Albumin secretion and urea production

Human albumin enzyme-linked immunosorbent assay (ELISA) quantitation kit (Bethyl Laboratories, Inc., Montgomery, TX, USA) and Direct Urea Nitrogen Color Reagent and Direct Urea Nitrogen Acid Reagent (Standbio Laboratory, Boerne, TX, USA) were used to measure albumin and urea respectively according to manufacturer’s instructions and as described in32. Functional data was normalized to cell numbers quantified using the Quant-iT PicoGreen dsDNA Assay Kit (Life Technologies).

Cytochrome P450 activity

Basal and induced activities as well as fold induction of three cytochrome P450 (CYP) enzymes, i.e. CYP1A2, CYP2B6 and CYP3A4 were determined by incubating PHHs with media containing inducers (40 μm β-naphthaflavone for CYP1A2, 1 mM phenobarbitol for CYP2B6 and 20 μm rifampicin for CYP3A4). After 48 hours of induction, medium was removed and the cells were incubated for 2 h at 37 °C with Krebs-Henseleitbicarbonate (KHB) buffer (118 mM NaCl, 1.2 mM MgSO4, 1.2 mM KH2PO4, 4.7 mM KCl, 26 mM NaHCO3, and 2.5 mM CaCl2) containing specific substrates (200 μM phenacetin for CYP1A2, 200 μM bupropion for CYP2B6 and 5 μM midazolam, for CYP3A4). The substrates and inducers were purchased from Sigma. The drug metabolite product was analyzed by Liquid Chromatography-Mass Spectrometry (MS: Finnigan LCQ Deca XP Max and Applied Biosystems 3200 QTrap, LC: Agilent 1100 series) according to procedures described in (Nugraha et al.16). CYP1A2 in rat hepatocytes were determined similarly with 40 μm β-naphthaflavone as the substrate. All basal and induced activities were normalized to cell numbers.

Cell viability assay

Cell viability of hepatocytes was measured 24 hours after treatment with drugs using Alamar Blue cell viability assay according to manufacturer’s instructions. Drugs used for the cell viability assays (Acetaminophen, Troglitazone, Chlorpromazine and Diclofenac) were purchased from Sigma. Stock solutions of drugs were prepared in DMSO and then diluted in media to obtain desired working concentrations. Controls were treated with solvent alone (in absence of test compounds) and considered as 100% viability value.

Inhibition of spheroid spreading

Hepatocytes were cultured as mentioned in section 2.1 and 2.2. Once spheroid formation was observed (2–3 days after cell seeding), cells were treated with DMSO or relevant hepatotoxicants (APAP/troglitazone) at different concentrations. 24 hour live cell imaging was performed starting 2 hours after drug addition using IN Cell Analyzer 2000 Imaging System (GE Healthcare Lifesciences, Buckinghamshire, U.K.). Images were acquired every 2 hours. Images acquired at 2 hours, 8 hours, 16 hours and 24 hours were used for further analysis. Individual spheroids were identified by image segmentation using Matlab Image Processing Toolbox and Statistical Toolbox (Mathworks) and the sizes of the spheroids were determined. Density plots were acquired in R (Version 3.1.2) to show the spheroid size distribution and percentage of spheroids within a certain diameter range at different drug concentrations was plotted in Excel.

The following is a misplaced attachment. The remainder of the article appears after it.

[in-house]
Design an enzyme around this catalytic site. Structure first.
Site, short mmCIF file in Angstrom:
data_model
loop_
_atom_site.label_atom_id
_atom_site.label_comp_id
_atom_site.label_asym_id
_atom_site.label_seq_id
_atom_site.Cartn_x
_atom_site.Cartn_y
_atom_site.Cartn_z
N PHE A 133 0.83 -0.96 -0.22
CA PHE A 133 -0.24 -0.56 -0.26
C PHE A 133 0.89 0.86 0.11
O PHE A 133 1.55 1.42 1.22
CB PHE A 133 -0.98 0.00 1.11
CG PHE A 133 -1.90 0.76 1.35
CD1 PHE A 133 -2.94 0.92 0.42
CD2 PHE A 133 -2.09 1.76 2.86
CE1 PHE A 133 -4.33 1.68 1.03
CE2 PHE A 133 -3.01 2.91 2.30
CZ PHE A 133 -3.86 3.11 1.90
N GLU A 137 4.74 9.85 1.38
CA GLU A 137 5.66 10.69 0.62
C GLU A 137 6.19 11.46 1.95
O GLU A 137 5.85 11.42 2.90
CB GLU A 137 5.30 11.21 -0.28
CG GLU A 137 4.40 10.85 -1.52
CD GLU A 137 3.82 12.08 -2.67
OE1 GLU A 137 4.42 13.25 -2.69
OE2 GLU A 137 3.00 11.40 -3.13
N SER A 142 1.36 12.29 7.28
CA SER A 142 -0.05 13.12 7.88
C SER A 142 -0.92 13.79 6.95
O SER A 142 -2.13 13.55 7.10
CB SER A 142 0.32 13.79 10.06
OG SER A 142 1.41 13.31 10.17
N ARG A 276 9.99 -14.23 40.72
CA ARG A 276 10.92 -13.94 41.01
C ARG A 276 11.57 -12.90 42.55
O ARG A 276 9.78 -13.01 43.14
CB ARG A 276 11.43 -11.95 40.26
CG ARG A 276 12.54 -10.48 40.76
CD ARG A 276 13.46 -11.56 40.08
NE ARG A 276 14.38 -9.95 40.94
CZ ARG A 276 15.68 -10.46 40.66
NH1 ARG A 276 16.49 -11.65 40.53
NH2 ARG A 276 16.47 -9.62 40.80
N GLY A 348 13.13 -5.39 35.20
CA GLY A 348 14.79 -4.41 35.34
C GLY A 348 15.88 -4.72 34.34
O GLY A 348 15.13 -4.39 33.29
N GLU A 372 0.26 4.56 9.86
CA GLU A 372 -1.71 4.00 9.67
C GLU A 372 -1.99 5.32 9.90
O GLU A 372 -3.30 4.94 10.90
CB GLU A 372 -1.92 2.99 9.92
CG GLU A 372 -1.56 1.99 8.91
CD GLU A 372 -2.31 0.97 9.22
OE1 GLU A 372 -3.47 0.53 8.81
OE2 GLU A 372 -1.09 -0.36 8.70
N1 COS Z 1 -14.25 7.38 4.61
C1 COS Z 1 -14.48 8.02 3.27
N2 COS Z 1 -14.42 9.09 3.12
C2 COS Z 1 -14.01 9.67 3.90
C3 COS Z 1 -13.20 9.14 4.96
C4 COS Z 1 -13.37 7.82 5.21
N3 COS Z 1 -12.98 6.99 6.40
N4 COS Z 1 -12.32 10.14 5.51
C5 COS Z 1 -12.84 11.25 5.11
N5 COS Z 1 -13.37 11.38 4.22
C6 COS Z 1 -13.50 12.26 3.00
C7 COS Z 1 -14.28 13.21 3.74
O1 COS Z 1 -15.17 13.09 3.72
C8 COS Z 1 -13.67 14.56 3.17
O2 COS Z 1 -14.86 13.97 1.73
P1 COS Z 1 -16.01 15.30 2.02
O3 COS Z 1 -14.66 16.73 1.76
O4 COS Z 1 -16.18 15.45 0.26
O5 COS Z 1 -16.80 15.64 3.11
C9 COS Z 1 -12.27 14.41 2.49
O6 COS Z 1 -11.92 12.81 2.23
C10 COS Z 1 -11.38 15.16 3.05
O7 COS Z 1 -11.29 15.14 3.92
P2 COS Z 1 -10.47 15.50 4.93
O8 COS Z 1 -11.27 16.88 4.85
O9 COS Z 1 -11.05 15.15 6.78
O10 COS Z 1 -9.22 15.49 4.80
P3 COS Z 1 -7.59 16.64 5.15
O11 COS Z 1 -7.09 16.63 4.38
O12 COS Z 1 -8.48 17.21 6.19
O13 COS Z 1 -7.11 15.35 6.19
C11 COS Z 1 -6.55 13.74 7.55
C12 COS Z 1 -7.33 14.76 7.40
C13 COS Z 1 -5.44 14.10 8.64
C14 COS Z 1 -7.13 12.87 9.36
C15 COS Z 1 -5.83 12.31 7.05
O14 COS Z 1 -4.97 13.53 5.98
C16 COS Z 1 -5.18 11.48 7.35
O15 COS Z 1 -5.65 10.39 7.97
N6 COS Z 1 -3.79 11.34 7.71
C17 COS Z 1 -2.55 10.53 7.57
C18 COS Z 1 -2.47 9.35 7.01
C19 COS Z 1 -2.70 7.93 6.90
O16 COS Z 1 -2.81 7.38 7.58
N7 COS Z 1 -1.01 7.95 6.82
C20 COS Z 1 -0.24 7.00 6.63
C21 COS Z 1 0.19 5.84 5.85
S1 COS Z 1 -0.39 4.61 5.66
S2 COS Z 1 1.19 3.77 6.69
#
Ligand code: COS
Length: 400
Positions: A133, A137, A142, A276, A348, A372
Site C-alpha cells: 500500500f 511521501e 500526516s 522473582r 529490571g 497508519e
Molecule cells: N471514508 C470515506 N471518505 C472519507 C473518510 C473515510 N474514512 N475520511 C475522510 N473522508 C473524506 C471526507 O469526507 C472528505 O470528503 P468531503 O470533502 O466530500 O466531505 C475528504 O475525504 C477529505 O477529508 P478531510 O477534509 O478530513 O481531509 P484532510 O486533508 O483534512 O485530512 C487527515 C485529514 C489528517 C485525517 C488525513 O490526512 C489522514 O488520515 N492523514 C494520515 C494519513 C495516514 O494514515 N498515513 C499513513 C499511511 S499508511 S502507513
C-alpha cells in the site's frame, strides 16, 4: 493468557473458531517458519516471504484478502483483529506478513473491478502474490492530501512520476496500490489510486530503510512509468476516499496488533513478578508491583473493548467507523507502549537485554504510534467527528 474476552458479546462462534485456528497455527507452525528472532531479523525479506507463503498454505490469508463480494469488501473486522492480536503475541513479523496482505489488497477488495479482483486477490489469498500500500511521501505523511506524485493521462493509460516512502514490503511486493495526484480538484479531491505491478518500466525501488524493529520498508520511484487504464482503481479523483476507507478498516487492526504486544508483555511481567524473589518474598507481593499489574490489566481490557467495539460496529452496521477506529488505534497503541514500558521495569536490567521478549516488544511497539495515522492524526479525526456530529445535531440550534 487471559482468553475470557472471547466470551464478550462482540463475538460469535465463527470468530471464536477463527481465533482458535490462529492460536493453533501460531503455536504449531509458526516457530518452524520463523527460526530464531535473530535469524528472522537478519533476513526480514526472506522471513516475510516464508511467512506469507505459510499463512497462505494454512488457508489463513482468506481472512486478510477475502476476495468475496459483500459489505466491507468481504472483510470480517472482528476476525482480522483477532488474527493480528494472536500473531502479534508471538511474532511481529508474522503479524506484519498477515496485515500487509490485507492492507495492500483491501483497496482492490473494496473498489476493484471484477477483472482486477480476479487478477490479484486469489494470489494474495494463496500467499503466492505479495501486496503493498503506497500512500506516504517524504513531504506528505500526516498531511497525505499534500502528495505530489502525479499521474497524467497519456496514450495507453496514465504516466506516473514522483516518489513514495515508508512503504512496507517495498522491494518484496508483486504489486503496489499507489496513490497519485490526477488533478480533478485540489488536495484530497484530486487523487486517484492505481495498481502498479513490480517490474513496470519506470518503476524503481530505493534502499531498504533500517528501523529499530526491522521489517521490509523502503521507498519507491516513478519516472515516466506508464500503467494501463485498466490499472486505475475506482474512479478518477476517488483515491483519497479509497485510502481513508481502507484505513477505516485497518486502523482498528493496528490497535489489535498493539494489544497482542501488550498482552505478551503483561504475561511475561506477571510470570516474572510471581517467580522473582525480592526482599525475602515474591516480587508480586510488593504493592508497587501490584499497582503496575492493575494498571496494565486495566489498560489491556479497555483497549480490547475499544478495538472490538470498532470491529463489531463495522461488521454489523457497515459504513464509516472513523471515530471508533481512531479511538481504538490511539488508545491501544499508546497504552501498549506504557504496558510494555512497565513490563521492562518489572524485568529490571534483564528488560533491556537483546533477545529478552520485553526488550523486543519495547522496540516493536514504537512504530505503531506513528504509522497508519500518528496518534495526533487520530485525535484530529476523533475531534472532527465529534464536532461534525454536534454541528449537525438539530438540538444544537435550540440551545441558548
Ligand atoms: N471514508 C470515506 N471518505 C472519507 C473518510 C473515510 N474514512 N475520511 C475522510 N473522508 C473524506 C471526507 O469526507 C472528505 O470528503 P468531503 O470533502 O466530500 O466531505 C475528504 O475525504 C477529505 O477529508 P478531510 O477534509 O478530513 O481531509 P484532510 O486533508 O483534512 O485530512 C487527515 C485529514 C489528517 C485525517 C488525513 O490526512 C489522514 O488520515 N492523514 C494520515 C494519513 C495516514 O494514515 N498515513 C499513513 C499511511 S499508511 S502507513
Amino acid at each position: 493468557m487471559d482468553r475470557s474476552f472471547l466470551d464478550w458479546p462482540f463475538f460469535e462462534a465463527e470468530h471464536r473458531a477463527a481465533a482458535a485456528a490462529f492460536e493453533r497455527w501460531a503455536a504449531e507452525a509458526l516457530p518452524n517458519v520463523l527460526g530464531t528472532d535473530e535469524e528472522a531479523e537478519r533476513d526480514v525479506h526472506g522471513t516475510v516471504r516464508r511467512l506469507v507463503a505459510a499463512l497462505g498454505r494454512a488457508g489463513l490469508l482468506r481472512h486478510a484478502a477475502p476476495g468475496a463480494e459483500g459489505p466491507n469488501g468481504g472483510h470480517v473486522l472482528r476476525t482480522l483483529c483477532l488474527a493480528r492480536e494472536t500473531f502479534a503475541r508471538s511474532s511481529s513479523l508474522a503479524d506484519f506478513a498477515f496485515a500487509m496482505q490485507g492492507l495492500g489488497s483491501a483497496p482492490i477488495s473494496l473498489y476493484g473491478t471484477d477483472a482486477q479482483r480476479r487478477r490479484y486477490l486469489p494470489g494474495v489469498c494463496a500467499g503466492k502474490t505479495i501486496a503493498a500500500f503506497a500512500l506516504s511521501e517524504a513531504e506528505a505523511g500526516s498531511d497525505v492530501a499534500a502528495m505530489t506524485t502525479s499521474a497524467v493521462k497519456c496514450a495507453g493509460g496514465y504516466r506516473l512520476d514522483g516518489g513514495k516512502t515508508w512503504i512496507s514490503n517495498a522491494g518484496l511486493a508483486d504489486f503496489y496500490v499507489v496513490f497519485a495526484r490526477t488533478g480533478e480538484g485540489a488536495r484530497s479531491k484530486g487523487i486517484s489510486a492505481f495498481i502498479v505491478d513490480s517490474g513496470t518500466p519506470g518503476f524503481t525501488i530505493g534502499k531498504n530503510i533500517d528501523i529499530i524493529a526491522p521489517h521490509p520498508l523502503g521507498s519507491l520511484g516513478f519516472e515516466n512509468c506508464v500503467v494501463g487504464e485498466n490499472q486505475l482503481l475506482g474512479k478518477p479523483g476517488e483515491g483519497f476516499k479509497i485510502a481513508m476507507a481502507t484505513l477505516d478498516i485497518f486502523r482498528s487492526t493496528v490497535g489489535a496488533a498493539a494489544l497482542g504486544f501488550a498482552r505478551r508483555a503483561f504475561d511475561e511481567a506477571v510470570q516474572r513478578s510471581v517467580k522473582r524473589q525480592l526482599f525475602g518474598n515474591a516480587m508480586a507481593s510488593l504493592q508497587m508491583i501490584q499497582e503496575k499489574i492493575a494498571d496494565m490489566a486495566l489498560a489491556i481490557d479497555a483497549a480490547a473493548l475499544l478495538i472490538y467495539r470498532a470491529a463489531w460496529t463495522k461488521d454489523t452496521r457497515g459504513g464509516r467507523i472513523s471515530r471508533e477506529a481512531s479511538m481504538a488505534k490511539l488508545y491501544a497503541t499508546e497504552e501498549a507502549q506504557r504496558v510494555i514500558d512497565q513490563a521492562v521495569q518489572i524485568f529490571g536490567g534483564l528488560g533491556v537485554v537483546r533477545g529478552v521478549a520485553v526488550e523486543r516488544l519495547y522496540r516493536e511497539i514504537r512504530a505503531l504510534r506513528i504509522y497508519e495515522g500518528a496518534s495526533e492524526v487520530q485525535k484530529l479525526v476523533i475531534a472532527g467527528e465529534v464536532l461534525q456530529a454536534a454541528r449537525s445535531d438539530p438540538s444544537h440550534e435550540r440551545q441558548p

Measurement of spheroid size and distribution

Tethered spheroid images of both rat and human hepatocytes were taken 7 days after seeding. The number of tethered spheroids and spheroid diameter (μm) were calculated using ImageJ software. Only spheroids with a well-defined border were included in the calculations. Single cells, pre-spheroidal structures and spheroids near the edge of the images were ignored. For the determination of polydispersity coefficient, the spheroid diameters were fitted to a Gaussian curve on OriginPro and the constants derived from the Gaussian curve were used in the equation PD = w/2xc, where PD is polydispersity, w is full width of the Gaussian fit at 60% maximum and xc is the mean spheroid diameter. Since w/2 is the standard deviation of the Gaussian fit curve, the equation is essentially PD = standard deviation/mean size which is widely used for dispersity determination in nanocluster catalysis33. T-test of spheroid diameters of tethered spheroids was conducted using ANOVA on OriginPro.

Statistical analysis

Data was collected from three technical replicates and three biological replicates. Paired two-tailed student t test was used for statistical comparisons. Results are expressed as mean ± standard error of mean (s.e.m).

Ethical statement